6. What do you do now?
The Human Rights Commission is an investigative body. The matter now goes before San Francisco’s Entertainment Commission, which issues a local license for all activity within a bar/club, except for the serving of alcohol, including DJs, go go dancers, pool tables, live entertainment, arcade and video machines etc. The Commission can revoke or suspend his license among several possible courses of action.
The State of California’s Alcohol Beverage and Control Board, which issues liquor licenses, will soon conclude their investigation of Les Natali and his businesses. They can revoke or suspend his liquor licenses which can put Les Natali out of business.
We will BOYCOTT Badlands until City and State agencies enact penalties commensurate with the extensive scope of Mr. Natali’s civil rights violations. Justice demands a strong recourse!
WHEN: Every Saturday from 10pm onward
WHERE: In front of S.F. Badlands on 18th Street between Castro and Collingwood Streets
WHY: To demand accountability for widespread racial discrimination and create inclusion in the Castro
We want to see an end to discrimination in the Castro and elsewhere. Period.
We want the owner of SF Badlands and the Detour to be held accountable for violating city and state civil rights and anti-discrimination laws. We want businesses in the Castro to commit to non-discrimination based on race, gender, and other identities/attributes – for patrons and for employees. We’re San Franciscans, after all. We want to support and affirm individuals and businesses in the Castro and elsewhere that share our beliefs in equality and fairness. We want to remind people that discrimination isn’t just a straight thing; it happens within our own LGBT community. We want to support our friends and others who have suffered as a result of discrimination and mistreatment. We want to speak out so that heinous acts like these never happen again, not in our community and not in our City.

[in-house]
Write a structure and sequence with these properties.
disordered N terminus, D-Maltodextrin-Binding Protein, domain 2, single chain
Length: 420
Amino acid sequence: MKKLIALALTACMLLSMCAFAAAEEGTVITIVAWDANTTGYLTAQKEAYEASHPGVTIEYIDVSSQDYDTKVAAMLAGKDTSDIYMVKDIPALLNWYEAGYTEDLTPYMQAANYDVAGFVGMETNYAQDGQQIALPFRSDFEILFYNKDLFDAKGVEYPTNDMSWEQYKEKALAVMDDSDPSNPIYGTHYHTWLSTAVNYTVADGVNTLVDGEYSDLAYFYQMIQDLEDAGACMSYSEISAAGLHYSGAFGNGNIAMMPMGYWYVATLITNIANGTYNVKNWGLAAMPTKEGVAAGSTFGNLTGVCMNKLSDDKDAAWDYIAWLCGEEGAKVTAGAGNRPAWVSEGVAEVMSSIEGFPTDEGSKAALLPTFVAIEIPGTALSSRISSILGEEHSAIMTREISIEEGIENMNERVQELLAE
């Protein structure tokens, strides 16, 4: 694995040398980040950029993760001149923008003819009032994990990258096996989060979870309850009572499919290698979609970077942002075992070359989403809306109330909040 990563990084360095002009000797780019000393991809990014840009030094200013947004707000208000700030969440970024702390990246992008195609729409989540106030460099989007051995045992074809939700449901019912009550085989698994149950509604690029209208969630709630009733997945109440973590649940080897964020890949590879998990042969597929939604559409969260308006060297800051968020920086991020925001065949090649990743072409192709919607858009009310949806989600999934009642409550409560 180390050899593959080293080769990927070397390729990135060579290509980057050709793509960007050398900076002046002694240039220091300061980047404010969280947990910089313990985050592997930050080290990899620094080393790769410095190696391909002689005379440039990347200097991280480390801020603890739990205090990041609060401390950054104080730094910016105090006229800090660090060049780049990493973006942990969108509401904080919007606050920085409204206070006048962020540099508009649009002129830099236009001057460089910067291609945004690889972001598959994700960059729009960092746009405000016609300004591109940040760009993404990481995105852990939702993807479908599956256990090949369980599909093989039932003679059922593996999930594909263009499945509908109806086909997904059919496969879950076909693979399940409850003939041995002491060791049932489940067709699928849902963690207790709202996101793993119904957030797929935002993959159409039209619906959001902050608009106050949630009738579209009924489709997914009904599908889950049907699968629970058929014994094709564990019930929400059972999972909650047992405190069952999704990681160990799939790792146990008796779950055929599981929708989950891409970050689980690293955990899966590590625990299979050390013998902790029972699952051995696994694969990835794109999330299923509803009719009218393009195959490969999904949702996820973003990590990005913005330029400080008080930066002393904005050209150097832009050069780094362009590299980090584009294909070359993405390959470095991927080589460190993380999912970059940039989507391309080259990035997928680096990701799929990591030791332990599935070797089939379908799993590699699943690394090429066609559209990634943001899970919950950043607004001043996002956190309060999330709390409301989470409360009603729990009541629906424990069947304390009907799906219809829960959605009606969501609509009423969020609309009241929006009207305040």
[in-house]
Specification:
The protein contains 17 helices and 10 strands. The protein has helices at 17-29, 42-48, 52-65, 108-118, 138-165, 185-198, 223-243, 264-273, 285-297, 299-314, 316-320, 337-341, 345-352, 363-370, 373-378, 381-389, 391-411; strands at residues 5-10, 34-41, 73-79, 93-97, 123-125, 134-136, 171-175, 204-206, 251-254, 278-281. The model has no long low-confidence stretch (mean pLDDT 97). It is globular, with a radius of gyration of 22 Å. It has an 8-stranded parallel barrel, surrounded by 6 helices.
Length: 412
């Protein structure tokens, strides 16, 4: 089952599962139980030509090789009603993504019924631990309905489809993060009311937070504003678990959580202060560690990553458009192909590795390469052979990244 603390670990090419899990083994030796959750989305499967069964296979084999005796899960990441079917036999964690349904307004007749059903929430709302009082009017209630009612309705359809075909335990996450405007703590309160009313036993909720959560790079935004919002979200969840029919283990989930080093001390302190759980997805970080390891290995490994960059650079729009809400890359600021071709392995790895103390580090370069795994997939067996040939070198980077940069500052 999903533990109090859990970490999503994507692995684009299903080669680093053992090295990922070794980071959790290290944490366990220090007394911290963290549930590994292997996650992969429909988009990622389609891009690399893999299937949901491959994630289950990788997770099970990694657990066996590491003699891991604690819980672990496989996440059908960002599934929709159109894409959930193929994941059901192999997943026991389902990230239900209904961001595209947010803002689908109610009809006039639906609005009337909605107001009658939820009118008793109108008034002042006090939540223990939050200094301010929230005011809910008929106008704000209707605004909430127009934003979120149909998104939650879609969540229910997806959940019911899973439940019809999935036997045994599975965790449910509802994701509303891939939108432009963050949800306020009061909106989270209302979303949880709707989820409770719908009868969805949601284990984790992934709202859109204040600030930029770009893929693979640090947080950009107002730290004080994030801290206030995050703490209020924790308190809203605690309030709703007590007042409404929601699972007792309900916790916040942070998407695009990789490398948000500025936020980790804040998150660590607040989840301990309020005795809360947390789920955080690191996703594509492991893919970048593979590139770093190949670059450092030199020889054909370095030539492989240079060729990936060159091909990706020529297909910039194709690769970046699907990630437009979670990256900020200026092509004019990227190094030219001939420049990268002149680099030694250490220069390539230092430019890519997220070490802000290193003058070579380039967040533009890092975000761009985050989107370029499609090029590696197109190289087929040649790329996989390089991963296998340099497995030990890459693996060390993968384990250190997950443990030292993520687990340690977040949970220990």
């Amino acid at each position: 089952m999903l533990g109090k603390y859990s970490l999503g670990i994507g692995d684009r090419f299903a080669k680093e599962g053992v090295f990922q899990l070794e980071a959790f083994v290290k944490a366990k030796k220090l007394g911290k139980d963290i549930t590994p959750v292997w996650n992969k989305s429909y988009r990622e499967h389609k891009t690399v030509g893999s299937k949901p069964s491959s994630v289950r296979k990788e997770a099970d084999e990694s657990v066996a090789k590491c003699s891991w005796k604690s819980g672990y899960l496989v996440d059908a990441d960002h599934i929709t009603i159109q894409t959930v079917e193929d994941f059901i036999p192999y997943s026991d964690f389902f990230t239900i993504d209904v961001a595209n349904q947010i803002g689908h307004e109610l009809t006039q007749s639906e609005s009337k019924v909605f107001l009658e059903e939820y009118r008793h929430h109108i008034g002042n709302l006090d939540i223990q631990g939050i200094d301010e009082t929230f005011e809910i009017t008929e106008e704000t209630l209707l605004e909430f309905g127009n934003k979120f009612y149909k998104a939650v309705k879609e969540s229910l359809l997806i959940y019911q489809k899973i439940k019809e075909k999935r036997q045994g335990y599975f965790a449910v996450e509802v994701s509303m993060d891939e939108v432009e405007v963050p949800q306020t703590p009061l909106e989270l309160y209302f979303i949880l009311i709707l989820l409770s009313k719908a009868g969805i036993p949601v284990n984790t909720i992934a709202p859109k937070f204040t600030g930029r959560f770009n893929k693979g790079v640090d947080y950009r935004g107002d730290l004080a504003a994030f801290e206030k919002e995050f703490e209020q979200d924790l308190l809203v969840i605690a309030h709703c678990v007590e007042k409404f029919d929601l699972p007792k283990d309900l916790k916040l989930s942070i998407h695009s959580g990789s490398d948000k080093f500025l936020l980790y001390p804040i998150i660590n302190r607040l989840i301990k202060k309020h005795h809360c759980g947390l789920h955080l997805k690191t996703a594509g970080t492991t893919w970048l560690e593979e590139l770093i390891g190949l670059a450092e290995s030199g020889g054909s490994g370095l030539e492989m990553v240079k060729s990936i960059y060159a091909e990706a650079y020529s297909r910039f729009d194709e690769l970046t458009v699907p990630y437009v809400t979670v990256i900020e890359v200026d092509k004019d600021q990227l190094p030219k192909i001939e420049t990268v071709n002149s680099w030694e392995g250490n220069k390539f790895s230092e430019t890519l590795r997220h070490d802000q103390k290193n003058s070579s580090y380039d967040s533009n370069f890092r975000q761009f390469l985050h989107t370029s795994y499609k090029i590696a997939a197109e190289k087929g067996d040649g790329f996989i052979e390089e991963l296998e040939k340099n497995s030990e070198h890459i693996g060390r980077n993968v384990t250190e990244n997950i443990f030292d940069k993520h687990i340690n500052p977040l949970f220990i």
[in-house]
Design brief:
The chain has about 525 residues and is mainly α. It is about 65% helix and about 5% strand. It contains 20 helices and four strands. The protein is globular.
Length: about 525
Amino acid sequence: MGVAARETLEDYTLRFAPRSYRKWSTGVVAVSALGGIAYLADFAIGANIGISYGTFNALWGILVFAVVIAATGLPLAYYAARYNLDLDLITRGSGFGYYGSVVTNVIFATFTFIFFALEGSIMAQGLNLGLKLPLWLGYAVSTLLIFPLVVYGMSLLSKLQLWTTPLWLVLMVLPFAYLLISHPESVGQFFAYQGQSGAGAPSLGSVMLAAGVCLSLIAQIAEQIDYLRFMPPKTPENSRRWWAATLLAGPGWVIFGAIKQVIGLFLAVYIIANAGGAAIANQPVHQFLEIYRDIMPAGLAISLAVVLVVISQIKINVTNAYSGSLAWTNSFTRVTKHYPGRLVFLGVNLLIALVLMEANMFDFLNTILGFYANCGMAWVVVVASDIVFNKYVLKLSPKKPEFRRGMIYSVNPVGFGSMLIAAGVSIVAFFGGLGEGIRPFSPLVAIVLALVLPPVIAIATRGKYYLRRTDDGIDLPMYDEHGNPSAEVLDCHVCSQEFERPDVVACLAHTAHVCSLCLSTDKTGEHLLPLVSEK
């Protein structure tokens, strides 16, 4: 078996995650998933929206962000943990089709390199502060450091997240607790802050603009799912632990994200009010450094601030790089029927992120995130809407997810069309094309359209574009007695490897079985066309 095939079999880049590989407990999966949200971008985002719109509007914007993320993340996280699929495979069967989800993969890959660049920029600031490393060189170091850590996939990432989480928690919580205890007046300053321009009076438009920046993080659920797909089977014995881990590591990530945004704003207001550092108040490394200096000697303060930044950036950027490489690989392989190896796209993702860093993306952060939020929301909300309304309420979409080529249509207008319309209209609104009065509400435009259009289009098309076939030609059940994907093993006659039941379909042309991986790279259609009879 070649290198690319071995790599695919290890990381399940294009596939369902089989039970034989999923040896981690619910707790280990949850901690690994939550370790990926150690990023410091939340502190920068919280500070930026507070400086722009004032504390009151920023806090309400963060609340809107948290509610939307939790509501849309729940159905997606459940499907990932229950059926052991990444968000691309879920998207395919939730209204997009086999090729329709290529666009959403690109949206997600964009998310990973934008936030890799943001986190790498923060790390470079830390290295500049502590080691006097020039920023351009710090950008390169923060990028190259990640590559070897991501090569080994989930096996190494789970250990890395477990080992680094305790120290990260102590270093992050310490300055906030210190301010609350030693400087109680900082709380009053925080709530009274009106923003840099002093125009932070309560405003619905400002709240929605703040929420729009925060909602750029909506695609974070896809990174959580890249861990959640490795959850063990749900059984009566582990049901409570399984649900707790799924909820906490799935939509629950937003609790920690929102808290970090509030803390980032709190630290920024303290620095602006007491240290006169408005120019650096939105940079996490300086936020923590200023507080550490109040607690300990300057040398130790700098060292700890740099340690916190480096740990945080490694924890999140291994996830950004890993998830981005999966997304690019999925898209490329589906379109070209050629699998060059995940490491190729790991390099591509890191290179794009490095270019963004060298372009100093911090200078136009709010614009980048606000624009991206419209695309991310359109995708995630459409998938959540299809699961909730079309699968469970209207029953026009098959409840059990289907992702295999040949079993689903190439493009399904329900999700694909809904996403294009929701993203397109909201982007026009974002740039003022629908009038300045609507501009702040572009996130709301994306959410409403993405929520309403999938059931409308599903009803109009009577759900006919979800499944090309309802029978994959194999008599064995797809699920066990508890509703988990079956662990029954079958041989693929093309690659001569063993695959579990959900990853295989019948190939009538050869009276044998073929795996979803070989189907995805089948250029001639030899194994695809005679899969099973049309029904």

We want to help create a space where we can all have fun together: all of us, one community, in its many gorgeous shapes and sizes and colors. We want to remind our community and ourselves that we can work together to make a difference.
In December 2004, AC4A launched the LGBT community Anti-Discrimination Hotline. If you experience discrimination in The Castro please call And Castro for All’s Anti-Discrimination Hotline at 415-865-5542 for moral support, help filing a complaint, and/or legal referrals. For more information regarding the Human Rights Commission Report, Badlands, Les Natali or discrimination in The Castro, visit www.andcastroforall.com.